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Ex-Israeli Officers Launch Political War Against Netanyahu

As 'the new Likud,' these former soldiers vow to carry on a tradition of military prowess against the Palestinians.
israel troika

Imagine if almost all the Democrats running for president were ex-generals, and their main claim to rule was that, well, they were ex-generals. That’s the situation Israel has found itself in, about which is said: “Israel is an army with a country rather than a country with an army.”

Military officers, both in and out of uniform, have played an outsized role in every aspect of Israeli life. Moshe Dayan, with his fetching eyepatch, established the archetype. Yitzhak Rabin and Ariel Sharon both overcame mixed military legacies (as defense minister, Sharon was officially admonished for his role in the Sabra and Shatila massacre of Arabs in 1982) to make history as prime ministers. The martyred Rabin was the architect of the uneasy rapprochement with Yasser Arafat and the PLO. Sharon, who was denied Israel’s top military job, stopped the peace process begun by Rabin in its tracks.

Shimon Peres was never a member of this club. His lifetime of leadership in Israel’s security system, including his central role in creating the Israeli nuclear arsenal, failed to erase the sense that he was somehow an outsider. Current Prime Minister Benjamin Netanyahu is not himself a career soldier but he was an officer in the storied special forces of the Sayeret Makhtal, and his brother, Yoni, was an outsized casualty of Israel’s famed rescue at the airport in Entebbe.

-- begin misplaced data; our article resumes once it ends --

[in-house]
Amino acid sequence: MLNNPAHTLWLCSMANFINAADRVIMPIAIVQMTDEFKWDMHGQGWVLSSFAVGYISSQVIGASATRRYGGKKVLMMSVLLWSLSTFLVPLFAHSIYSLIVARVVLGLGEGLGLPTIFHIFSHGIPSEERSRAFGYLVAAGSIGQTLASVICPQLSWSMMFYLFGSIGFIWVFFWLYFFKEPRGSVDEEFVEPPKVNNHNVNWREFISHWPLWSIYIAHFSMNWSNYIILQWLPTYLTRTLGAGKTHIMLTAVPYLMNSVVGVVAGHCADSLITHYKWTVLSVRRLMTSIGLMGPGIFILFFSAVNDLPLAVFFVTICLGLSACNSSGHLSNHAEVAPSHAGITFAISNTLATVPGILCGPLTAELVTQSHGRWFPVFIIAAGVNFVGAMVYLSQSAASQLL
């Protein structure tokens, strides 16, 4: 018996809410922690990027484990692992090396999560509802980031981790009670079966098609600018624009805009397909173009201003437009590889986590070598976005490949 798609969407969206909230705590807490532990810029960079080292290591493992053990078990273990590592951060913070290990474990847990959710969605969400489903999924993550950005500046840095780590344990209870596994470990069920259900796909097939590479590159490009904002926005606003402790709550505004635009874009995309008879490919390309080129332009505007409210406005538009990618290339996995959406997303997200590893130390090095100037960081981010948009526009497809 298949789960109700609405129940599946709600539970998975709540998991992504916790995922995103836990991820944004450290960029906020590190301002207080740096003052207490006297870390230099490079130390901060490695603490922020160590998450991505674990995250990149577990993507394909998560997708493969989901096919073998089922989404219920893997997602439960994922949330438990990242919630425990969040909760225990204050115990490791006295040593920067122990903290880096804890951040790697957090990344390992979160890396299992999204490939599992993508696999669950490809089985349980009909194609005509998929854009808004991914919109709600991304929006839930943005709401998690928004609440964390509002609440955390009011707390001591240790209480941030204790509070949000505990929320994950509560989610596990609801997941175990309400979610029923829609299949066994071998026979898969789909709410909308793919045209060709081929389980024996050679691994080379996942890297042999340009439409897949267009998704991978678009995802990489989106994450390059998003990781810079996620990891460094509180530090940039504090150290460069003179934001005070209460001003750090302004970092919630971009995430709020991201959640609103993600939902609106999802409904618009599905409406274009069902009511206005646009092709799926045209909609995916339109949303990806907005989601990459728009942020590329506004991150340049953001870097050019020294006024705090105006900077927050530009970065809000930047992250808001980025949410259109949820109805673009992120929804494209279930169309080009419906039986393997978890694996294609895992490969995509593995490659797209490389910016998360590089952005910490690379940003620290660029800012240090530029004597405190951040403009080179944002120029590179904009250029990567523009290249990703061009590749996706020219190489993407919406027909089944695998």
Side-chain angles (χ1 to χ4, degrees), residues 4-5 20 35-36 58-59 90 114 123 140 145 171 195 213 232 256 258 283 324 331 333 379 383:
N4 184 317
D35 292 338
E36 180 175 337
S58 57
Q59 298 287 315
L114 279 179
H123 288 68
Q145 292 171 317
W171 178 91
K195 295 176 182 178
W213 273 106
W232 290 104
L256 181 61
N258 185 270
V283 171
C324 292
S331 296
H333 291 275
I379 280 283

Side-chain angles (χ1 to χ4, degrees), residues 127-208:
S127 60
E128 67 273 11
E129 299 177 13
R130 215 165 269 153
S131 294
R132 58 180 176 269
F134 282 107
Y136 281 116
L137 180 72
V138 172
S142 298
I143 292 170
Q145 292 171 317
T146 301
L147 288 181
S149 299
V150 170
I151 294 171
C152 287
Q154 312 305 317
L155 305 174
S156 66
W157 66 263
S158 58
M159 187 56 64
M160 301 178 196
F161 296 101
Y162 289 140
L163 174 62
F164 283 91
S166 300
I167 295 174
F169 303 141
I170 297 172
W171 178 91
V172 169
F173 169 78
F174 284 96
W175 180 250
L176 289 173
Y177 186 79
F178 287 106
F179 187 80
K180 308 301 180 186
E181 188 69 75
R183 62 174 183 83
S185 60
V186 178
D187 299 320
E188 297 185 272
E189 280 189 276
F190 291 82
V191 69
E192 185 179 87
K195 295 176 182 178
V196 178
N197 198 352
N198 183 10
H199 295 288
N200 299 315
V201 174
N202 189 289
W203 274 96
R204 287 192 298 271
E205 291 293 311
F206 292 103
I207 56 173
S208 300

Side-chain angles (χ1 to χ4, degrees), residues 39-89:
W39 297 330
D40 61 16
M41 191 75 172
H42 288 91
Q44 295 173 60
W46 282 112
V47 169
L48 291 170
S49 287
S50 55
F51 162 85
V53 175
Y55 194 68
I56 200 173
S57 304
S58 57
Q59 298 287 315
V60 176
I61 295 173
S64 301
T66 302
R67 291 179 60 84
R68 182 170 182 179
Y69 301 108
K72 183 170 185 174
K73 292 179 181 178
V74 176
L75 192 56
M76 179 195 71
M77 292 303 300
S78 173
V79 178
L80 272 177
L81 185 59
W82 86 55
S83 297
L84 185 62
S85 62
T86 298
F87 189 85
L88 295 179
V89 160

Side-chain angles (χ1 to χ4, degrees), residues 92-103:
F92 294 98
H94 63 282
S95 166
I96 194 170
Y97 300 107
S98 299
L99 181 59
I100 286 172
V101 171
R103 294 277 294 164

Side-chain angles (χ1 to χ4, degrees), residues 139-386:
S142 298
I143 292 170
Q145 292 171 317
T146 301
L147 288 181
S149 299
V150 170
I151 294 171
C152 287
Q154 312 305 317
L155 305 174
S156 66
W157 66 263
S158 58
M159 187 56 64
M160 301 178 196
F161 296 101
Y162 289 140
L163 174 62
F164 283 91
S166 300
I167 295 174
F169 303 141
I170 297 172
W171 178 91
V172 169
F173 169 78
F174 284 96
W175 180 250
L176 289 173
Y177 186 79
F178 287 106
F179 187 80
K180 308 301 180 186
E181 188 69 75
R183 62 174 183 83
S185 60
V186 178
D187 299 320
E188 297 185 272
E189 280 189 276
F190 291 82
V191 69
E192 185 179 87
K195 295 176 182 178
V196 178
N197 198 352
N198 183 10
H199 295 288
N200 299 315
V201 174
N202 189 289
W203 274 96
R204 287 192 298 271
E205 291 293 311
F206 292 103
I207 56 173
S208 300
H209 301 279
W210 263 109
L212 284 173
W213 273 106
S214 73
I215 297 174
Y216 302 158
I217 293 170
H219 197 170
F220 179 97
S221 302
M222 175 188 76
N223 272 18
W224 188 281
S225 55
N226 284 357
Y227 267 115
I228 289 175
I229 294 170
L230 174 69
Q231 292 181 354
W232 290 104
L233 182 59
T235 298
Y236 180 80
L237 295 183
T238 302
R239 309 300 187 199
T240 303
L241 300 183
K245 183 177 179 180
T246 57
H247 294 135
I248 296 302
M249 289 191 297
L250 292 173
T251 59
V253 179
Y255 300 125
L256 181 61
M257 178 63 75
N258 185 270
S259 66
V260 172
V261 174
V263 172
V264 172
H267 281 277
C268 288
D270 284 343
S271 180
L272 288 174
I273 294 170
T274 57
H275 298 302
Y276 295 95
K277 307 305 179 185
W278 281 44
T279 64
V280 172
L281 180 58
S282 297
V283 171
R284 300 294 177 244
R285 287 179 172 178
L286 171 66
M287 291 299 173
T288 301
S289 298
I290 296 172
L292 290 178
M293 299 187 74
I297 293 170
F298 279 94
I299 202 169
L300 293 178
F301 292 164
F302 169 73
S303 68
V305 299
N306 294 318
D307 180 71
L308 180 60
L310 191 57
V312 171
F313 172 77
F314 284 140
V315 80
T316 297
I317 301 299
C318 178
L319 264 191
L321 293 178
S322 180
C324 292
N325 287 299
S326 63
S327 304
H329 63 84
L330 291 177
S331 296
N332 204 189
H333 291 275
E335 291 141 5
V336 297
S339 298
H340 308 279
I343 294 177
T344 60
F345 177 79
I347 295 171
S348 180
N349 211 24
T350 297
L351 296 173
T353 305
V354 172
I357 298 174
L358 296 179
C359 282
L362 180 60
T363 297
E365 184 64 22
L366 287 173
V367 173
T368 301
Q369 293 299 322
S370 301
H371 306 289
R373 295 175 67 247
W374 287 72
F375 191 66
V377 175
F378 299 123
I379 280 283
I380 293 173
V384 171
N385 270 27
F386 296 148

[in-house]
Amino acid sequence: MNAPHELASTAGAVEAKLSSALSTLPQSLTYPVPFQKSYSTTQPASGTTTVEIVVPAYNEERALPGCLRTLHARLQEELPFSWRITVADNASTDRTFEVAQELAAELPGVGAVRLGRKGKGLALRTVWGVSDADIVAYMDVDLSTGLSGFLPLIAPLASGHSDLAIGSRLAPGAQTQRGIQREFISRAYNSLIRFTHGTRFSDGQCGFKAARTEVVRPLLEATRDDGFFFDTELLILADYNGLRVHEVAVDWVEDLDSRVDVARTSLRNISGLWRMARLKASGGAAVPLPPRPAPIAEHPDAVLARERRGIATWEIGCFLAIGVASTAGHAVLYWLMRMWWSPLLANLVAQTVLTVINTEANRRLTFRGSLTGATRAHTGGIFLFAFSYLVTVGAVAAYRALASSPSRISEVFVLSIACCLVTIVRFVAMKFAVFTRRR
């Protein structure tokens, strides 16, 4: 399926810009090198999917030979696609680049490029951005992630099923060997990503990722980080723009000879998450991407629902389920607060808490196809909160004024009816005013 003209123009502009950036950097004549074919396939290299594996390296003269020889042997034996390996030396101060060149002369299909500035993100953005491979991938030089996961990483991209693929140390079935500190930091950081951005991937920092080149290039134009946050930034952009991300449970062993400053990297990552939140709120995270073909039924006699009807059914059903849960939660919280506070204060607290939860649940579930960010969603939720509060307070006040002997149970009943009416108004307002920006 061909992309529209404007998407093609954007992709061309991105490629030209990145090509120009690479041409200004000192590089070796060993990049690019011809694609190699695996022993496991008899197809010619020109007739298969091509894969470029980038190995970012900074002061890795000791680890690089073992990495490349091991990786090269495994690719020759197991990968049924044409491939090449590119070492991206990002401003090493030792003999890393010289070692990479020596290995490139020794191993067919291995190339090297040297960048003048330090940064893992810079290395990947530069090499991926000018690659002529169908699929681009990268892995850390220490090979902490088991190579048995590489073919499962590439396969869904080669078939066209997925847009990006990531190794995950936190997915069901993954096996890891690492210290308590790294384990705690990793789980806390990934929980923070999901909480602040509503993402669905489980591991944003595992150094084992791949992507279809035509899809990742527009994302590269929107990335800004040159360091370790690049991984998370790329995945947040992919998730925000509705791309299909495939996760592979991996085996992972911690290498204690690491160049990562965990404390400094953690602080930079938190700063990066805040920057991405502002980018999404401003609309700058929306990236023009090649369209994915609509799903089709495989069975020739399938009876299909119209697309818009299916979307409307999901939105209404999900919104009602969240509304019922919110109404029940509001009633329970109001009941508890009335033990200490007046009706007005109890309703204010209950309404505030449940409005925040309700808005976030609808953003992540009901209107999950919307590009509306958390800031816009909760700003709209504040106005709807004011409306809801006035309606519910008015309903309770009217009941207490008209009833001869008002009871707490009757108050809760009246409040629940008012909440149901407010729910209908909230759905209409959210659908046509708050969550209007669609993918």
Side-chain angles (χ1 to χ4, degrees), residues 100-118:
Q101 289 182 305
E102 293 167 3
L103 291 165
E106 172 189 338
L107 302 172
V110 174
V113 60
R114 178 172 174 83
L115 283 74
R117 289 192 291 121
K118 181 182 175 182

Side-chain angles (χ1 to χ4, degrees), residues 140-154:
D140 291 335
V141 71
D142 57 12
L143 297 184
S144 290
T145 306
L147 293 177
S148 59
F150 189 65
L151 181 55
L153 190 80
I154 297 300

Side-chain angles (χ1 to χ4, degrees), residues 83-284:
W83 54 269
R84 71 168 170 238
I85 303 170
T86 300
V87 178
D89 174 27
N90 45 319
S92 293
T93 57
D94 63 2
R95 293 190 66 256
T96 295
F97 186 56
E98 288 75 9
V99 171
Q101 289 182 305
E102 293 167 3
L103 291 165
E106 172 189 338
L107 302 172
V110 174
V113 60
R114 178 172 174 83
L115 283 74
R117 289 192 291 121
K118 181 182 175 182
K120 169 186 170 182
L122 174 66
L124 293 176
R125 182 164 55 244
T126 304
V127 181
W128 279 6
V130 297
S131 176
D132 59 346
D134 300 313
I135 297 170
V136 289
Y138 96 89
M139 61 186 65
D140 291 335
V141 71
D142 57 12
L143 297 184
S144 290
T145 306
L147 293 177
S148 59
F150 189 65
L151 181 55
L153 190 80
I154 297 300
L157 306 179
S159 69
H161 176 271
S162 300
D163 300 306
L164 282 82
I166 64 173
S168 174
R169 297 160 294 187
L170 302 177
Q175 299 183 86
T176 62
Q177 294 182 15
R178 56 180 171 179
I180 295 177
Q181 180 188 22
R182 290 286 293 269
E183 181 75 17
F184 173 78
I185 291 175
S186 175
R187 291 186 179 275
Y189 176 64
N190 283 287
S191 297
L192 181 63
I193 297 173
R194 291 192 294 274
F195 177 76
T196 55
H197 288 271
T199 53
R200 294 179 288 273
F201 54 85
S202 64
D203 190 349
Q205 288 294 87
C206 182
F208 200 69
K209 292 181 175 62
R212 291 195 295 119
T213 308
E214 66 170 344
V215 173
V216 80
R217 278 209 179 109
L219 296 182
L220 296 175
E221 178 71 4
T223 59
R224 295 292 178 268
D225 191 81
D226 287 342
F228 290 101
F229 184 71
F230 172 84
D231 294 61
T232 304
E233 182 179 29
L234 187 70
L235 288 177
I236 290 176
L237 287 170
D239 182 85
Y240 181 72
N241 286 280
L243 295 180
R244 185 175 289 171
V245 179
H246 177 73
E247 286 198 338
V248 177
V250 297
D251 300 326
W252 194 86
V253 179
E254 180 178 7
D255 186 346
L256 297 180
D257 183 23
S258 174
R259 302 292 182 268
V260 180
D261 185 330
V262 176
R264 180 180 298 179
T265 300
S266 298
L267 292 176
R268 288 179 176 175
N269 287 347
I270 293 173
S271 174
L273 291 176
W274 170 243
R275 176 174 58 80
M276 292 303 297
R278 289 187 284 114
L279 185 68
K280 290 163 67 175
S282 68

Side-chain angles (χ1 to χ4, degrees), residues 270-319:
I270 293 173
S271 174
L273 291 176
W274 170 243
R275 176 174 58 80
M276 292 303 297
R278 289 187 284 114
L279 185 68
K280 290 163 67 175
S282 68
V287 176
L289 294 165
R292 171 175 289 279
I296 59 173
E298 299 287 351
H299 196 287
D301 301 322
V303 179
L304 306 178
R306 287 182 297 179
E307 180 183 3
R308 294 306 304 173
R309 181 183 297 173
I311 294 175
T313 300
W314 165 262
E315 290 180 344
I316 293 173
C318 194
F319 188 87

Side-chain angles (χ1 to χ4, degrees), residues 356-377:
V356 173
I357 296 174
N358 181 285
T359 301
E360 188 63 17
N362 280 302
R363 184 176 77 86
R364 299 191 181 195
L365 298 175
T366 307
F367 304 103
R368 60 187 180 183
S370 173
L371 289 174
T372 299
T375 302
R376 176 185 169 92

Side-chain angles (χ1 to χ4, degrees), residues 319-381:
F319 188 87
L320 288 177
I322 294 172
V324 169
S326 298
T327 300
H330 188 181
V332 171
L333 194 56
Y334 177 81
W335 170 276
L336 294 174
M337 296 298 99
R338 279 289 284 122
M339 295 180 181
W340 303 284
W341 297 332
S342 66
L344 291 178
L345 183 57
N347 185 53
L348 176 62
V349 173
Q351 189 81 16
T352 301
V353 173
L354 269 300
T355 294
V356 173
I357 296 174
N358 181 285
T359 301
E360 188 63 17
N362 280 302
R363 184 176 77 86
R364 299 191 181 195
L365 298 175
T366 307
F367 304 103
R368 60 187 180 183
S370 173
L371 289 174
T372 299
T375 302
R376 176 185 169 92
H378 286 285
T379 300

With few notable exceptions, the record of Israel’s military chiefs as political and national leaders is less than stellar. For every Yitzhak Rabin, there are numerous pretenders like Yigal Yadin, Amram Mitzna, Shaul Mofaz, and Dan Shomron, whose stars sparkled brightly before quickly flaming out. Israel’s generals may have indeed proved their mettle on the battlefield, but their best days in politics were usually their first.

Ariel Sharon (DoD); Yitzhak Rabin (National Photo Collection of Israel); Moshe Dayan (White House photo)

The latest example of the effort to spin military leadership into political gold is the creation of “Blue and White,” a coalition headed by—you guessed it—a former chief of staff, Benny Gantz, who retired from the military in 2015.

The election on April 9 remains Netanyahu’s to lose, but Gantz is treading a well-worn path. Since combining with another party to form Blue and White, he is winning public support less because of his political program, which in Gantz’s case is on the right side of anodyne, than of what he represents: the responsible stewardship of Israel’s military prowess in its never-ending battle against the Arabs.

Gantz, wrote one observer in the Jerusalem Post, “is an ideological free agent, which only increases his political value.”

Though they are increasingly fewer in number, there are Israelis who still favor a retreat from the West Bank and the creation of a Palestinian state with East Jerusalem as its capital. On this, Blue and White is definitely not their party. Indeed, one party leader described the movement as the new Likud. Bottom line: a vote for Gantz is not a vote against the program of the long-ruling Likud, but merely against Netanyahu’s leadership of it.